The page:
Most Lutheran churches can seem kind of boring. We don’t create cults of celebu-pastors. We are pretty calm and subdued in worship, when people smile at a joke told during a sermon it is a really big deal. We generally do liturgy, but we are not as good at it as the Catholics or Episcopalians/Anglicans. Lots of us try the praise and worship thing, but we are still stuck in 1992 when it comes to music and style. We sometimes try to get involved in our communities and with helping the poor, but our churches don’t have big outreach budgets and many of our folks are burning the candle at both ends. We do have strong aid organizations like Lutheran World Relief, but we are not like the amazing Mennonites. For youth, we have 2 years of church school (confirmation) for 12-14 year olds – we do not do youth group like the Baptists or Pentecostals.

Of course, Lutherans have drama too. We fight about all kinds of things that churches fight about, from theological understandings of human sexuality to worship styles to carpet colour to budget deficits.

churchsignBut here is the thing you disaffected Evangelicals might appreciate. We Lutherans are pretty sure we are wrong and imperfect. Plus we like to name it.

Most Sunday mornings, we begin by confessing our sins. Together. We admit to God and to each other that we haven’t got things right and we won’t in the future. We remind ourselves that we are all pretty screwed up.

Then we hear God’s forgiveness. Given to us, freely, generously, graciously, without condition.

And we go from there. We begin with confession and forgiveness, and then we preach grace.

Real grace. Grace that is God’s action and not ours. Grace that is entirely God’s responsibility, not ours.

Lutherans might not be the best at liturgy, music, social justice, outreach, youth group, or promoting celebu-pastors. But we are the best at grace.

In fact, I am going to go out on a limb and say Lutherans have the best theology of justification – bar none. We get this grace stuff and we drill it into each other a lot. Lutheran theology and preaching at its best provides the clearest distinction of law and gospel, of what our problem is and what God is doing about it, in all of Christianity. Lutherans churches at their best will boldly declare that we are not the ones saving ourselves, that our theology, our pastors, our liturgy, our music, our youth programs, our celebu-pastors… our good works… don’t meant squat to God.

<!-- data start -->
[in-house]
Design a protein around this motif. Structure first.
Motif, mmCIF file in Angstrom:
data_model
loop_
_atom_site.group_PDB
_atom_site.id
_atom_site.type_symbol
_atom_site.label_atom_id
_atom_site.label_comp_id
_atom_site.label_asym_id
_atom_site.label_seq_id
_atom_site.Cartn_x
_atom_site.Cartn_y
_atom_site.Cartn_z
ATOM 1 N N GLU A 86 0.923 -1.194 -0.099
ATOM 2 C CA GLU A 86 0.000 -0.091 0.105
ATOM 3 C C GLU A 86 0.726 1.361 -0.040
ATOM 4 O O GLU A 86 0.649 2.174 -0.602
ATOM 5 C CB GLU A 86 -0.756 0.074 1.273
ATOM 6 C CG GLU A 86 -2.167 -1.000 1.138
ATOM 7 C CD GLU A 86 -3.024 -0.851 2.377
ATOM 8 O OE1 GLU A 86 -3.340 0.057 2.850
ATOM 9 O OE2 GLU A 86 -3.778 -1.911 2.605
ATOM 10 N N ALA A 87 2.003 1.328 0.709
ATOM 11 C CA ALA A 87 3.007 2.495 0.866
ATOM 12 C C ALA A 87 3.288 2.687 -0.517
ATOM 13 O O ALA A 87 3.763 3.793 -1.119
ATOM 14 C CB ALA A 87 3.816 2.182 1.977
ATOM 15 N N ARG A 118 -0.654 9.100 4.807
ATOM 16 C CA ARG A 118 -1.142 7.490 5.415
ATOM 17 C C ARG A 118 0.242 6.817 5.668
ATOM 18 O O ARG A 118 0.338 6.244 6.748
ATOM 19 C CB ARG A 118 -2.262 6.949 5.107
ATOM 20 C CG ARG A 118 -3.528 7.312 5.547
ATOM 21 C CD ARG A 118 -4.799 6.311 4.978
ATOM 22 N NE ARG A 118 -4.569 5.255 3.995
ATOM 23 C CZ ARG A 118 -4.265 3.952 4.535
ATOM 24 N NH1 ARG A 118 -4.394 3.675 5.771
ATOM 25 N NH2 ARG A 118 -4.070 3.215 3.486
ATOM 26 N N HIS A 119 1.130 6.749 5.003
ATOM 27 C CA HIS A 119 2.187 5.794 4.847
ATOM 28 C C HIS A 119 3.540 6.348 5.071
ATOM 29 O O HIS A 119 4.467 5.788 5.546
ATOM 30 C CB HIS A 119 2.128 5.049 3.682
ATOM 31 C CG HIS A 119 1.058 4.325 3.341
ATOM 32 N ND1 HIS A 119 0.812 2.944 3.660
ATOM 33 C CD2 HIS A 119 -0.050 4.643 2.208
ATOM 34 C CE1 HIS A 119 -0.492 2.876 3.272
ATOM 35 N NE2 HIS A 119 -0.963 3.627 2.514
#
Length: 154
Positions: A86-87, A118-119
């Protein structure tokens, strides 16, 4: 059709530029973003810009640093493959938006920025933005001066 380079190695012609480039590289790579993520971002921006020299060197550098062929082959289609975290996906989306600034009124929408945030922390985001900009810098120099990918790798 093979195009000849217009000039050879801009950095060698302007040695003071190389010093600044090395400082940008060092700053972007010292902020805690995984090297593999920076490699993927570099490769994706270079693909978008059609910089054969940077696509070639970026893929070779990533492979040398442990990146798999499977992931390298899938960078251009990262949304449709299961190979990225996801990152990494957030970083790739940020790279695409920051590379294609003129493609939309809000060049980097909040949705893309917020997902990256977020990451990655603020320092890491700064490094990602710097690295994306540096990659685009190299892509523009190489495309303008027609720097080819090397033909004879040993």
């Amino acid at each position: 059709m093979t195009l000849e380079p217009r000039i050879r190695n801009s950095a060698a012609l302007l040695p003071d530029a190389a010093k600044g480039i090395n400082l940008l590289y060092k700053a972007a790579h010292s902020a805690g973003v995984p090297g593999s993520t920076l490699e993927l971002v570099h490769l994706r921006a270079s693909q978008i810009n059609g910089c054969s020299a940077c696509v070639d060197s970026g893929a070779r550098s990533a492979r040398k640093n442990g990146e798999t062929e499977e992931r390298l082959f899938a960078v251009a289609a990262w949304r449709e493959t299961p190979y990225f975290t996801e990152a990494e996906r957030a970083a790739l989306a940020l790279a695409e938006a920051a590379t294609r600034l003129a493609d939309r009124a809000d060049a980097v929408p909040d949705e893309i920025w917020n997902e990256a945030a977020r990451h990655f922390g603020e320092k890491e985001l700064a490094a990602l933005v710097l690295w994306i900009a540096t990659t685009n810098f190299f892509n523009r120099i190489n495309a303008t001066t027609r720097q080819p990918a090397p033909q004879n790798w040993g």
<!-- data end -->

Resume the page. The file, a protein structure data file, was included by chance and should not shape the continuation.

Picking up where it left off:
God has already decided how God feels about us. Any pastor, any Christian who tells you otherwise hasn’t read enough Martin Luther. Or enough of the Bible.

God loves all of us, and not because we earn it or deserve it. God loves us because God is just really cool that way.

This is why I think you disaffected Evangelicals need a little more Lutheranism in your lives. Because we know how to be broken, marginalized, tired out, sinners, and we do it honestly, without pretense. And we know that we will be okay. We know that God is really good at working with our brokeness, working with us at our worst. That is what grace is all about.

That is what I hear you needing. That is what I see coming to odds in Evangelicalism. The need to be right, the need to do it all, the need to have it all together, the need to do God’s work all on your own. The need to be prefect little bible believing Christians coming to odds with the reality of all suffering, sin and death in the world.

Now, before I tell you to become a Lutheran, let me explain one thing. Yes, Lutherans are named after Martin Luther, but Luther named himself after something else. Martin Luder changed his name to Luther, which is derived from the greek work ‘eleutherius’, meaning one who has been set free.

Lutherans are followers of Luther, but we are also ones who have been ‘set free.’

So all you disaffected Evangelicals. Become Lutherans. Become set free.

Become ones who  are set free by God’s grace.

So who wants to become a Lutheran? Is this an option for disaffected evangelicals? Share in the comments, or on Facebook or on Twitter: @ParkerErik